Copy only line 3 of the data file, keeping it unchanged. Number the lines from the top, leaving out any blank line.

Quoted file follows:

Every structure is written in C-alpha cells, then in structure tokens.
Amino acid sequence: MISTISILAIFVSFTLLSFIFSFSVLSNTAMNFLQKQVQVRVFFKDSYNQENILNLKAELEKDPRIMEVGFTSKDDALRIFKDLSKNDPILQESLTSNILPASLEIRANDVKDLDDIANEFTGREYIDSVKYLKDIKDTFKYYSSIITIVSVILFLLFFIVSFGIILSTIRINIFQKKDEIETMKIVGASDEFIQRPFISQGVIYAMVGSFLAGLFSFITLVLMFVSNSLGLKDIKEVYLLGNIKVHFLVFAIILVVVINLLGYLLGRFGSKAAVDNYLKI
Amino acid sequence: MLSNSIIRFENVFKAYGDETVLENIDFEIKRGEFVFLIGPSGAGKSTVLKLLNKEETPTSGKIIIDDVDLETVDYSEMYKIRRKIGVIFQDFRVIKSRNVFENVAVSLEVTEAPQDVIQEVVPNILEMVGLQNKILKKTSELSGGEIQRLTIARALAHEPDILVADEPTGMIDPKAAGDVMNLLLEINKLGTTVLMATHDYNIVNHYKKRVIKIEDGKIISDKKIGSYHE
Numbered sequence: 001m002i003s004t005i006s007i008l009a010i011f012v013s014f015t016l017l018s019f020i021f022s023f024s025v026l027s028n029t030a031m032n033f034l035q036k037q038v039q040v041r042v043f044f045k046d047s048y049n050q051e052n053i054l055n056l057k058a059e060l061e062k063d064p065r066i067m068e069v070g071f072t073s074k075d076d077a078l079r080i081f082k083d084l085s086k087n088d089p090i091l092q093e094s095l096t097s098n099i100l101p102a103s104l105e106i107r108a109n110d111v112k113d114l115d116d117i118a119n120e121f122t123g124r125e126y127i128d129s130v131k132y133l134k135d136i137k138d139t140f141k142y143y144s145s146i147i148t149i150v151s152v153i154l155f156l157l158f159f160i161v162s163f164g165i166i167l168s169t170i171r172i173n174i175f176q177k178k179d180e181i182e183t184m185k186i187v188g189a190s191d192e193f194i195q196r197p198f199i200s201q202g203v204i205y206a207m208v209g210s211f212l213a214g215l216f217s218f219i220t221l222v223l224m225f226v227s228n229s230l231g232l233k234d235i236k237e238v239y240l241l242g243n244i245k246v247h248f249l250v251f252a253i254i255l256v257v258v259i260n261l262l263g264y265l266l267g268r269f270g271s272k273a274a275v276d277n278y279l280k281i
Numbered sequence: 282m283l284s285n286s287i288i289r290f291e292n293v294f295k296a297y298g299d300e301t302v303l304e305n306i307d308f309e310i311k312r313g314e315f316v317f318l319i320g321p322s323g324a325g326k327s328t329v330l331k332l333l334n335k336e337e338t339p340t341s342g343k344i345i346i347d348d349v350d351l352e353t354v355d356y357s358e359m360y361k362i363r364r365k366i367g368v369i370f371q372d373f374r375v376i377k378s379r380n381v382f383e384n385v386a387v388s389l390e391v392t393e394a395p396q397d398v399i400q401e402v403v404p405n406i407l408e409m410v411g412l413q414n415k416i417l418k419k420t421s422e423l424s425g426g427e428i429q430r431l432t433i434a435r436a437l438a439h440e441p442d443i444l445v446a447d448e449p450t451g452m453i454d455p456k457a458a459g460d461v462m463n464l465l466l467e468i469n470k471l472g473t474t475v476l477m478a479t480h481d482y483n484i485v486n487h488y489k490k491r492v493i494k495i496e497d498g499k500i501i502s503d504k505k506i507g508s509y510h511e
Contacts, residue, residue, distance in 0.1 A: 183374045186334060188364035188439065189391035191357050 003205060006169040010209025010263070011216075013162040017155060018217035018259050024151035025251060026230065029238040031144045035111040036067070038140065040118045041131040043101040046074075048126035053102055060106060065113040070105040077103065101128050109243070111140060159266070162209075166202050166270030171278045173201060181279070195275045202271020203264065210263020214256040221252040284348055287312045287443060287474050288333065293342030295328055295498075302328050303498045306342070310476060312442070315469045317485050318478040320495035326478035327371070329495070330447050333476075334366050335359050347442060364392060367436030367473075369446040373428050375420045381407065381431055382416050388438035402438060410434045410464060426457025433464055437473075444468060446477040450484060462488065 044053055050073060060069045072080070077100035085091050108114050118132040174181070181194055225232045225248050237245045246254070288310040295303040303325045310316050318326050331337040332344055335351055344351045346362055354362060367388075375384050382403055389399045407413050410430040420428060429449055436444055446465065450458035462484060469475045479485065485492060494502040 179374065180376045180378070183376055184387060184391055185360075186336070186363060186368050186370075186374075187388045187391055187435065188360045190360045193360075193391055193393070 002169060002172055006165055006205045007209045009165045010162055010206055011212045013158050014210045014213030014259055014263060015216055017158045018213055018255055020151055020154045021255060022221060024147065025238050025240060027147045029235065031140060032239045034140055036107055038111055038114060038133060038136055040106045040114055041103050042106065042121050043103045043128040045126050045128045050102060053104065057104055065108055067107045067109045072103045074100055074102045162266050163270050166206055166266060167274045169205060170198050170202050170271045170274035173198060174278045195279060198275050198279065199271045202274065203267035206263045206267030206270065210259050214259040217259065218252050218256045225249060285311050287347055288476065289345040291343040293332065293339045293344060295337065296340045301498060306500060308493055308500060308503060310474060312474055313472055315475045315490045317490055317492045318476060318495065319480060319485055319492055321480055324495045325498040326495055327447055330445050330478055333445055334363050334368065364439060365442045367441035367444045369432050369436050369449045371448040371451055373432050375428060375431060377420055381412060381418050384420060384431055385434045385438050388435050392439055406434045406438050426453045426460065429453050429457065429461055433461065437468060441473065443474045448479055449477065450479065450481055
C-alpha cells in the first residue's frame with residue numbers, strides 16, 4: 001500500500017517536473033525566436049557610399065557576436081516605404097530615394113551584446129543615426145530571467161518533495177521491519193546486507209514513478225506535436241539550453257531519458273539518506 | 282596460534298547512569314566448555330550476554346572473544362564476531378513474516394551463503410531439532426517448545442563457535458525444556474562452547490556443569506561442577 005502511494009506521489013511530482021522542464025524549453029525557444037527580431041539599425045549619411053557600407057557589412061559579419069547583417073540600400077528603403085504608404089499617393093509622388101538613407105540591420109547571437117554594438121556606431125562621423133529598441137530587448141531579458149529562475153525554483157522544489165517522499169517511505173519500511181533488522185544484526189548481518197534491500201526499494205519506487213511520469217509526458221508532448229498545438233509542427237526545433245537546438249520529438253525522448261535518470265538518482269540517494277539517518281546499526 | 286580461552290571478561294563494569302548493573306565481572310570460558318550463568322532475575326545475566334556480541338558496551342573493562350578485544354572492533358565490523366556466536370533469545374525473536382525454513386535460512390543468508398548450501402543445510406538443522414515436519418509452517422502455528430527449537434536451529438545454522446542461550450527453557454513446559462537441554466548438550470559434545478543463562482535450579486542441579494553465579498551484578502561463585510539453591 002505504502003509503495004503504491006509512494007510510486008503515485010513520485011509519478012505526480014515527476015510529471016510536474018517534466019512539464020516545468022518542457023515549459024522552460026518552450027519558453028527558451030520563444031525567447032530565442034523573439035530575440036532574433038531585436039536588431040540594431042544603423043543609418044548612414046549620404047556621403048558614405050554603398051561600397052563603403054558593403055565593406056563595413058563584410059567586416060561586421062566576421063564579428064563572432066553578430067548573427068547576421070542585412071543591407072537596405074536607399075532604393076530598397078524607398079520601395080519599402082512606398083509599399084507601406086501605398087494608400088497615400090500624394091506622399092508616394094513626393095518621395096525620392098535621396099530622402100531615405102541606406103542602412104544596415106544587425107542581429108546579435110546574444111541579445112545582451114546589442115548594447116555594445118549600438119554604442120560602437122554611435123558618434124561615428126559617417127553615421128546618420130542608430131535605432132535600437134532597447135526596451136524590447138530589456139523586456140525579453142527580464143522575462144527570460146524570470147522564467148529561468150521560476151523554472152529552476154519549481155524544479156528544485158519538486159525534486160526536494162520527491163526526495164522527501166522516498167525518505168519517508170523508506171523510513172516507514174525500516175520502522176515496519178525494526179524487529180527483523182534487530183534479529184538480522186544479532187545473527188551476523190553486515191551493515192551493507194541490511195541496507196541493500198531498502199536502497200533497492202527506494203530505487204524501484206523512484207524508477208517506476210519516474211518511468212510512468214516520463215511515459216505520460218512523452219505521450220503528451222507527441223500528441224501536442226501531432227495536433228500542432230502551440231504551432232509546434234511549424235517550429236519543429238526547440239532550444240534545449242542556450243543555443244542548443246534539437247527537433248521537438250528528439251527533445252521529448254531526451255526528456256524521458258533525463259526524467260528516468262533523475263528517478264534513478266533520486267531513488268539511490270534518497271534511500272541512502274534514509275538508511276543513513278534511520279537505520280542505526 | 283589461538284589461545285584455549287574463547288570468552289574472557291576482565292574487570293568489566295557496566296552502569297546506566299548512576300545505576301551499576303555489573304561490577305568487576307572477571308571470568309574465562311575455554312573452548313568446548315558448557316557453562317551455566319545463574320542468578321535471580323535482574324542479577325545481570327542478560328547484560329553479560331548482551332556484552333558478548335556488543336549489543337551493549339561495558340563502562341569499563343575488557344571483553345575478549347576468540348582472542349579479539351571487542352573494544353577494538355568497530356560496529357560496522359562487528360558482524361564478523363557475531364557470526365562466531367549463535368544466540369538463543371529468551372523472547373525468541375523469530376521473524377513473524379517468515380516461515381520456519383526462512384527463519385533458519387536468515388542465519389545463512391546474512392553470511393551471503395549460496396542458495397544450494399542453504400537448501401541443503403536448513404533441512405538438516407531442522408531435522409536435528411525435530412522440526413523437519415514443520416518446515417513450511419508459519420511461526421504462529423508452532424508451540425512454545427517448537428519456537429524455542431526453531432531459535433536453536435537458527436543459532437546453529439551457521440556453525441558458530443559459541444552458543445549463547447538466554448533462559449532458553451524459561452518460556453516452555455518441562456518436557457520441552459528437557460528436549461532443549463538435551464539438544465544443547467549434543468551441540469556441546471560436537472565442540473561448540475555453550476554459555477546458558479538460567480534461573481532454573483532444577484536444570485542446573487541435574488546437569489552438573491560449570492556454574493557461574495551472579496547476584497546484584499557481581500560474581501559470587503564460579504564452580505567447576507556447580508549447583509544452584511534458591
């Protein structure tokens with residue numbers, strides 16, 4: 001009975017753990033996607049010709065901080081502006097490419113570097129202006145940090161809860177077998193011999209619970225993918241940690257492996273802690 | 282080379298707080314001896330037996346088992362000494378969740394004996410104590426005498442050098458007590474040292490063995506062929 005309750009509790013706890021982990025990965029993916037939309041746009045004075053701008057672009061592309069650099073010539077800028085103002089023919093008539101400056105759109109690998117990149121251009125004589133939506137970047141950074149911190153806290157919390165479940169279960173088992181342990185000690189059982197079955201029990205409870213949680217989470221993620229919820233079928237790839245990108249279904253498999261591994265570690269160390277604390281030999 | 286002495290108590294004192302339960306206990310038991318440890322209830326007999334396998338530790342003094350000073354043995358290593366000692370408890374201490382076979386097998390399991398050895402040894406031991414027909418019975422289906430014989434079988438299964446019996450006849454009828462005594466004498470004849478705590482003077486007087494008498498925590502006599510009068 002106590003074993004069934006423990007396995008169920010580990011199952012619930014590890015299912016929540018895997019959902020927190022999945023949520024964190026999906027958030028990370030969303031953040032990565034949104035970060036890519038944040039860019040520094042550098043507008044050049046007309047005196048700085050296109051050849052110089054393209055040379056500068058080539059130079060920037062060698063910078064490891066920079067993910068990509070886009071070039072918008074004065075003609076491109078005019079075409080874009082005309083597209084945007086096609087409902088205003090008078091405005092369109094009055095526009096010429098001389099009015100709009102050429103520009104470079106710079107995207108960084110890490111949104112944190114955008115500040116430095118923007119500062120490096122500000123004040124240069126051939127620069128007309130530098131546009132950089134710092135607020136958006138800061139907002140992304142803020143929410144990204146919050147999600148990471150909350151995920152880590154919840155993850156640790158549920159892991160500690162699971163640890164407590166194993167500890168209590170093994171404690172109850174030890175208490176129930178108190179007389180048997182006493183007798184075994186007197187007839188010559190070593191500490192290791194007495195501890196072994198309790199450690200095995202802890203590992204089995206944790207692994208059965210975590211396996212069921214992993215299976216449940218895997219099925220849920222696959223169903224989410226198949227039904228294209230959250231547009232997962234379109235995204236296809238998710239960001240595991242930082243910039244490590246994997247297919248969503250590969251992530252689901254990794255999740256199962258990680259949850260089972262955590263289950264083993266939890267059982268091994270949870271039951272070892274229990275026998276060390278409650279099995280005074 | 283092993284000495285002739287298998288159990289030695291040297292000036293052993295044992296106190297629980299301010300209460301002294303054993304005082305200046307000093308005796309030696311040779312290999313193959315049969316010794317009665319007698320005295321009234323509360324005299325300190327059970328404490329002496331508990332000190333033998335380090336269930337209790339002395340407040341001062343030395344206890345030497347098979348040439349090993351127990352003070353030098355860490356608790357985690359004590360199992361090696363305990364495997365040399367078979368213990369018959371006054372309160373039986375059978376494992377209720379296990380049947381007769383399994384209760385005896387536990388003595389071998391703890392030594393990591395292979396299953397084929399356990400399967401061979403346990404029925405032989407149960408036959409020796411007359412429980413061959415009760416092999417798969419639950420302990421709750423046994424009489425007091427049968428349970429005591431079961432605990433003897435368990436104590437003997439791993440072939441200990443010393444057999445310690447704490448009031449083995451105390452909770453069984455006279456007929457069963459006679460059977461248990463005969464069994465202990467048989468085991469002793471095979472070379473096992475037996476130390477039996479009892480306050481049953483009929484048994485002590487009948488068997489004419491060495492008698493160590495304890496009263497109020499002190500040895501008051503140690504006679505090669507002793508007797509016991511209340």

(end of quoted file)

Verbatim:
Amino acid sequence: MLSNSIIRFENVFKAYGDETVLENIDFEIKRGEFVFLIGPSGAGKSTVLKLLNKEETPTSGKIIIDDVDLETVDYSEMYKIRRKIGVIFQDFRVIKSRNVFENVAVSLEVTEAPQDVIQEVVPNILEMVGLQNKILKKTSELSGGEIQRLTIARALAHEPDILVADEPTGMIDPKAAGDVMNLLLEINKLGTTVLMATHDYNIVNHYKKRVIKIEDGKIISDKKIGSYHE